I recently spent nearly 12 hours with my Aunt Norma on her 99th birthday. (I don’t get to see her often so wanted to maximize every moment.) While I left exhausted and mentally drained, she was still pretty darn perky.
As I dragged myself out the door of her assisted living residence, she was looking through the directory calculating how many of the people who moved in when she did were still alive. Apparently there were quite a few, including more than a dozen who were older than she is! And from what I could tell during our walks around her complex, plenty of them were just as together as Aunt Norma—living proof of the recent study that 90-somethings these days are sharper than their predecessors.
I love and admire my Aunt Norma more than I can say, and I want to grow old with grace just as she has. I already have her genes, obviously, but I think her long life is thanks to more than our family tree. Although my dad (her little brother) lived to 94, he wasn’t nearly as sharp as she is and her two sisters died much younger (both of cancer; Aunt Norma is a breast cancer survivor), as did her parents who died in their 40s and 50s (her mom of TB, her dad of a heart attack).
So what is Aunt Norma doing right? Here are some clues:
1. My Aunt Norma has lots of friends. As we walked down to get dinner at the restaurant in her building, my aunt exchanged greetings or had conversations with more than 25 people who all knew her by name—and she knew theirs. She never married, but at least one study shows that friends, even more than family, can add years to your life.
2. My Aunt Norma is very active. Aunt Norma has lived in a retirement residence for nearly 30 years and in that time she has participated in almost every activity you could think of (game nights, parties, trips abroad, bus tours to every event imaginable, working at the thrift shop, etc.). Earlier in her life, she took Spanish classes so that she could communicate better during her travels to Spain, which was one of her favorite destinations. She's visited a dozen countries. Her travel slowed down after she had Guillain-Barre syndrome in the past decade, but she still participates in residence events, exercises, and goes out to eat. All that stimulation is bound to keep a person sharp.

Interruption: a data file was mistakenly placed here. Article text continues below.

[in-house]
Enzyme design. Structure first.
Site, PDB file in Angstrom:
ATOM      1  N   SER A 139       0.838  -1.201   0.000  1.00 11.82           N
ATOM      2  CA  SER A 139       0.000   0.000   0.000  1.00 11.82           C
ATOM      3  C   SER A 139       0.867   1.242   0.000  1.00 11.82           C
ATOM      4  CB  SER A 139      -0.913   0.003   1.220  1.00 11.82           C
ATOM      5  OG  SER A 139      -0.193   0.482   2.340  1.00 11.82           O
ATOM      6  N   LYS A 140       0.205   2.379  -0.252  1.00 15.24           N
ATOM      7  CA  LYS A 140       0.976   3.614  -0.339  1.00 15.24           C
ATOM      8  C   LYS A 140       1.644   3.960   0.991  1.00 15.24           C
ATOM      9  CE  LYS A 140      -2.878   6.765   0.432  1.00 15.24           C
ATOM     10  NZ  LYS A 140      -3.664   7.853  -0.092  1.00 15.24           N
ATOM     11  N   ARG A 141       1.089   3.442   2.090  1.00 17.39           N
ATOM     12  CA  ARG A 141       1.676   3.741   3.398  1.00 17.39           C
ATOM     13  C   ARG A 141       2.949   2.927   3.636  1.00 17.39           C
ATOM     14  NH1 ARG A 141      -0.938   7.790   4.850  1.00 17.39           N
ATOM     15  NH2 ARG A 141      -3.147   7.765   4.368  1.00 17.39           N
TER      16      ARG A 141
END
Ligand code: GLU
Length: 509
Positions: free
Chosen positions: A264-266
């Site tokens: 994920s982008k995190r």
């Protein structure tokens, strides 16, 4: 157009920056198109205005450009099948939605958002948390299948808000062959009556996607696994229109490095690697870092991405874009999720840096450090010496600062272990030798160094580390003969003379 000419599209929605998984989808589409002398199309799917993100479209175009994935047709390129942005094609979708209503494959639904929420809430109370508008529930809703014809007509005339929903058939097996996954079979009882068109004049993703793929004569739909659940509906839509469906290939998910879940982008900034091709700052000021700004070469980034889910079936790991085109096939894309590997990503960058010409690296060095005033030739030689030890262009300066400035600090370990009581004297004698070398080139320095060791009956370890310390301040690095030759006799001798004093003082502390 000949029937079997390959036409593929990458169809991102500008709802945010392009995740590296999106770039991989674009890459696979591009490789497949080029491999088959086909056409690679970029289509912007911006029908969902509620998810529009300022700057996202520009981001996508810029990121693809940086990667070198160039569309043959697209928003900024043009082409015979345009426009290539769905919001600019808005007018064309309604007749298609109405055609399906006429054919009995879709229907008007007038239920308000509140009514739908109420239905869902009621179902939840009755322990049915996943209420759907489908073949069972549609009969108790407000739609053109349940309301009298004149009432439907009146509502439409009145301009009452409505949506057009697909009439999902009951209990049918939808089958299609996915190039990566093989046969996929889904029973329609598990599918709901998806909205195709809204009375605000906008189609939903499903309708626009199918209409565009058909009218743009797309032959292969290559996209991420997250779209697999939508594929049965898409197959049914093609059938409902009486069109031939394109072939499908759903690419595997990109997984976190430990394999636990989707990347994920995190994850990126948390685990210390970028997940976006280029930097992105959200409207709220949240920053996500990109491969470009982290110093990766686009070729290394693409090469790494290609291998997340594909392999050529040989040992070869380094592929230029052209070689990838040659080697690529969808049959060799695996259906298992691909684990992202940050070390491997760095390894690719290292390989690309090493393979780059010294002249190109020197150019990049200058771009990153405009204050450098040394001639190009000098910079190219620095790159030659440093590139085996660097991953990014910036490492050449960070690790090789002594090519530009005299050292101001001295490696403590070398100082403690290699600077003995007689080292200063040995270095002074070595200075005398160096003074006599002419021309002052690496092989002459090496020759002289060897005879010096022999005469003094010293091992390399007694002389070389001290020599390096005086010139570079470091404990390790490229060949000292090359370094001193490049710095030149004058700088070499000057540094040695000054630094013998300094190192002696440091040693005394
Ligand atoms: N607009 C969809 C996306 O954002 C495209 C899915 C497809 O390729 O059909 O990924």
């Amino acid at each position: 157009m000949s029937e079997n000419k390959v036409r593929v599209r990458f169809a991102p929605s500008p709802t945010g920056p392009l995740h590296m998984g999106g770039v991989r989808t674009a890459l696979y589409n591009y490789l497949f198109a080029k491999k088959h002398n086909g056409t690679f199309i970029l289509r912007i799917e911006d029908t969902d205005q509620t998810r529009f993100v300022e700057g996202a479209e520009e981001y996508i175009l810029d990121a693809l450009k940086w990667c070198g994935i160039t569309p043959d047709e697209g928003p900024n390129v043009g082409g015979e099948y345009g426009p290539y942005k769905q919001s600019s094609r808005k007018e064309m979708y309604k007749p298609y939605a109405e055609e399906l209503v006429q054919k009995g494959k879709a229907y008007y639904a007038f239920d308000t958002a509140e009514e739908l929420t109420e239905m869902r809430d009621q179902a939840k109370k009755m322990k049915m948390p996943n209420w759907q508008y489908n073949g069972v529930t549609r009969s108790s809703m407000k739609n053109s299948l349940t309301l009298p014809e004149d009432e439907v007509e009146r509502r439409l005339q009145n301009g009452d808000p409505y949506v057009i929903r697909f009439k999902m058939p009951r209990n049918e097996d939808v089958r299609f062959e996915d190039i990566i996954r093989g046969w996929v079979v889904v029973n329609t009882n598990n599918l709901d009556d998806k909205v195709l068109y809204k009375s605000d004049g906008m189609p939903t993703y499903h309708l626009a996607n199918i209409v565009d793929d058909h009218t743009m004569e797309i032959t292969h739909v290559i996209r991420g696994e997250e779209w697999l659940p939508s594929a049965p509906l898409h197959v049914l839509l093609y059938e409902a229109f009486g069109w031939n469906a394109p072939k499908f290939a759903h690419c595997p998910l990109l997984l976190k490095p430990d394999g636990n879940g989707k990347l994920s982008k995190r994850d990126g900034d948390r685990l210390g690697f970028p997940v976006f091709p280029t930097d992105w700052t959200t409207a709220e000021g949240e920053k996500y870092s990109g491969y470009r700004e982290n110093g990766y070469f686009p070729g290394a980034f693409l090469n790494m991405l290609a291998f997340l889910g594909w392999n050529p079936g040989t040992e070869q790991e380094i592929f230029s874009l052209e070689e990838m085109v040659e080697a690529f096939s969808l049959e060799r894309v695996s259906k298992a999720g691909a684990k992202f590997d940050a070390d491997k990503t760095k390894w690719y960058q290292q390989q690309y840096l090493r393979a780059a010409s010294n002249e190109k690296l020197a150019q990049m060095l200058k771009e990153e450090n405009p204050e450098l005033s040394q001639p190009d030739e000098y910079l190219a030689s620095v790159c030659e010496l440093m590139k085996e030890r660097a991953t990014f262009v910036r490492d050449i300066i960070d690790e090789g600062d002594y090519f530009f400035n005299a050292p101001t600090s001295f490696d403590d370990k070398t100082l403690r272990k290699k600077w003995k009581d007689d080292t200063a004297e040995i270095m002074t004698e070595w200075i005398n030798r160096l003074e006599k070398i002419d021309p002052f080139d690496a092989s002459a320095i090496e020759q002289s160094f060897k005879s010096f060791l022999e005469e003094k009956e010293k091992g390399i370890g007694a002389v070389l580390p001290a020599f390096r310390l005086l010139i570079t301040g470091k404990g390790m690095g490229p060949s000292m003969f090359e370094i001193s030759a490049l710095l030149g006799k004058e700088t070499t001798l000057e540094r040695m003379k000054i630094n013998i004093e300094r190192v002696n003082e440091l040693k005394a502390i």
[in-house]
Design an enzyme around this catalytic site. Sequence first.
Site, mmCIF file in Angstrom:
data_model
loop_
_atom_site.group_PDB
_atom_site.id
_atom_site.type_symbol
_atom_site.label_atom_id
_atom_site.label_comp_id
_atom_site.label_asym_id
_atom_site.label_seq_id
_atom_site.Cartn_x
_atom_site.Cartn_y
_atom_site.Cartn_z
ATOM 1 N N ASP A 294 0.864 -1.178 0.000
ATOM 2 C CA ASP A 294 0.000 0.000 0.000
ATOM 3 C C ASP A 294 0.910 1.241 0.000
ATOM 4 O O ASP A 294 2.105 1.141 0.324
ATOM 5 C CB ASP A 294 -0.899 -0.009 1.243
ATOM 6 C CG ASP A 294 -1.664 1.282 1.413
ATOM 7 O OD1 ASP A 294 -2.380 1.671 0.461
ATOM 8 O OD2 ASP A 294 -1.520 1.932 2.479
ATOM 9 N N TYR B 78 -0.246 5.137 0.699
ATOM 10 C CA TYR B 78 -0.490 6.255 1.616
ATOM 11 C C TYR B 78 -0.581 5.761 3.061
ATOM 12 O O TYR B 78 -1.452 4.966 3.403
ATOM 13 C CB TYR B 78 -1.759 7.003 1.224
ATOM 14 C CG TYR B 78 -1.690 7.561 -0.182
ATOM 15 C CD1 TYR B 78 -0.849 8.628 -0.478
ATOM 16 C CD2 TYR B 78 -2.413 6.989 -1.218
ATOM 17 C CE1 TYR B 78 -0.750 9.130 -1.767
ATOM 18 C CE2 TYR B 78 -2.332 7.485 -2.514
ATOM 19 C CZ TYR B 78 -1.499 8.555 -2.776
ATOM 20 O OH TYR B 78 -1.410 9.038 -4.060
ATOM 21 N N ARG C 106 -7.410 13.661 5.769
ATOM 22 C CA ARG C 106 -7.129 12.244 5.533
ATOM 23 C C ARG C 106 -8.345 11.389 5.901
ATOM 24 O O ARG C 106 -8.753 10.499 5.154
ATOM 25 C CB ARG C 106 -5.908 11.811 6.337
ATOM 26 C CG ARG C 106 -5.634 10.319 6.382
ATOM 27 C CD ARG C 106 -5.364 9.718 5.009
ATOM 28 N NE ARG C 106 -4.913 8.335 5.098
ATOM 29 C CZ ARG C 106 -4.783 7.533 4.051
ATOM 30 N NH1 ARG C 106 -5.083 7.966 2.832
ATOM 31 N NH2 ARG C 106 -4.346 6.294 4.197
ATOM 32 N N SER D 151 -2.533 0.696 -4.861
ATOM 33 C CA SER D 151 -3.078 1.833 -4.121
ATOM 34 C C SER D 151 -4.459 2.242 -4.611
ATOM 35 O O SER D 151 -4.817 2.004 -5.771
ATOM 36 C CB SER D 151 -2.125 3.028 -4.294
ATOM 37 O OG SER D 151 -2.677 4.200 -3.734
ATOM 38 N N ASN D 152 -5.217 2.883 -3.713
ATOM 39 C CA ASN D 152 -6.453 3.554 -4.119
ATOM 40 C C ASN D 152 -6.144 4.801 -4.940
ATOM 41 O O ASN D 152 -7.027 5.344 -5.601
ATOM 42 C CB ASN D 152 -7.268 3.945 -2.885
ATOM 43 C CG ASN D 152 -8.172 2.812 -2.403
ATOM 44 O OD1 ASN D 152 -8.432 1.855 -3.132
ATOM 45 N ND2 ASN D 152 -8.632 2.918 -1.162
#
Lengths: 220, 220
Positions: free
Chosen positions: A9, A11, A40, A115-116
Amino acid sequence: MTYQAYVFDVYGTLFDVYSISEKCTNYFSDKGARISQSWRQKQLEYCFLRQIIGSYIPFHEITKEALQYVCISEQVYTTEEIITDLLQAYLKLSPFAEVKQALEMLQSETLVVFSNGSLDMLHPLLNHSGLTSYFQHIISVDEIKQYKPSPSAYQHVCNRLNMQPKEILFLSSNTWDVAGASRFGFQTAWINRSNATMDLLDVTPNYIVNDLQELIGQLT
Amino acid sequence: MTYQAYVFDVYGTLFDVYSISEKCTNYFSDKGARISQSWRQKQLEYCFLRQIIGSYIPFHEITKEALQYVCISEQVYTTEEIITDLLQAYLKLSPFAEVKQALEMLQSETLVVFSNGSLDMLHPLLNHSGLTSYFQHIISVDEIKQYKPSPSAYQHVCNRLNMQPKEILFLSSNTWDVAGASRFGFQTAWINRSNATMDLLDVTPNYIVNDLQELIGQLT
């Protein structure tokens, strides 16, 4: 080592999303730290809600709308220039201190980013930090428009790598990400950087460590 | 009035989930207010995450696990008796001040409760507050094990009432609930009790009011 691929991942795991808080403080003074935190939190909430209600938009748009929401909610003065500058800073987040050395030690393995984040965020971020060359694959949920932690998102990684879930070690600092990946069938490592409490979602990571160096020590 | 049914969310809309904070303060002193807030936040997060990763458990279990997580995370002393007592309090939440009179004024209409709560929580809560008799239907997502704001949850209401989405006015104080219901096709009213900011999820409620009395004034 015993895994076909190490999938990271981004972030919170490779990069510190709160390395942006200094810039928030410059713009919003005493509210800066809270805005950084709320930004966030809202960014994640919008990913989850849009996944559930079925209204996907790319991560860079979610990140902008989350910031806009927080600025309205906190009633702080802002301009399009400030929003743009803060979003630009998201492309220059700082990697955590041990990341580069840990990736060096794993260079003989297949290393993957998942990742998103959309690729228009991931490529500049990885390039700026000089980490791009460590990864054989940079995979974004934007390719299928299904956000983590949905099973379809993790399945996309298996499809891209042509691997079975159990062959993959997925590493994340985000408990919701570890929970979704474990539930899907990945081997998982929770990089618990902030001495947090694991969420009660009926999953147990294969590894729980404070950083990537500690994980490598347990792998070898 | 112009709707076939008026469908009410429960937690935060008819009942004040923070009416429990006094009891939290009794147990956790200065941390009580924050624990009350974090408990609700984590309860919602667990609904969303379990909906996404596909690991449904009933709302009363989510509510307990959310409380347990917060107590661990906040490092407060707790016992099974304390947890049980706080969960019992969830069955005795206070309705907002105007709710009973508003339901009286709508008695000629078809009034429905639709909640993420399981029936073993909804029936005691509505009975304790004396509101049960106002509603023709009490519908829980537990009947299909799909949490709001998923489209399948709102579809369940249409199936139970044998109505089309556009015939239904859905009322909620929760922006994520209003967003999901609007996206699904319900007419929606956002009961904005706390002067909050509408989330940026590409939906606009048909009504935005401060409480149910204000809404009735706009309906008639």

3. My Aunt Norma is a bit of a worrier. Based on what we know about the unhealthy impact of stress, you’d think this is a bad thing when it comes to longevity, but I see it differently. Aunt Norma’s worrying has led her to therapy at several times in her life and I’d says she’s led a pretty well-examined life. She understands herself and, it seems to me, (and I think research done for The Longevity Project bears this out) that this kind of self-reflection may have helped her make good-for-her, healthy choices in life.
4. My Aunt Norma tries new things. Over the years whenever I got hooked on piece of music, poor Aunt Norma would usually end up having to listen to it, too. But she didn’t mind being the brunt of my family’s enthusiasms, whatever they were. If we played Les Miz during her visit, she usually wanted a copy to take home for herself. She would put aside her Forbes magazine (her favorite) and read Harry Potter when my kids recommended it (she liked it).
During my last visit, she tried out my mini iPad and within minutes had figured out how to enlarge the text and how to swipe to turn the pages. She currently uses a magnifying glass to read and thought the iPad would be a far more “brilliant” way for her to re-read the classics (she’d just finished My Antonia by Willa Cather). Not only is her curiosity helping her stay sharp, as studies suggest, it will probably garner her some fancy new technology before her 100th birthday rolls around!
I just hope that I will have regained my energy in time to spend that day with her, too.
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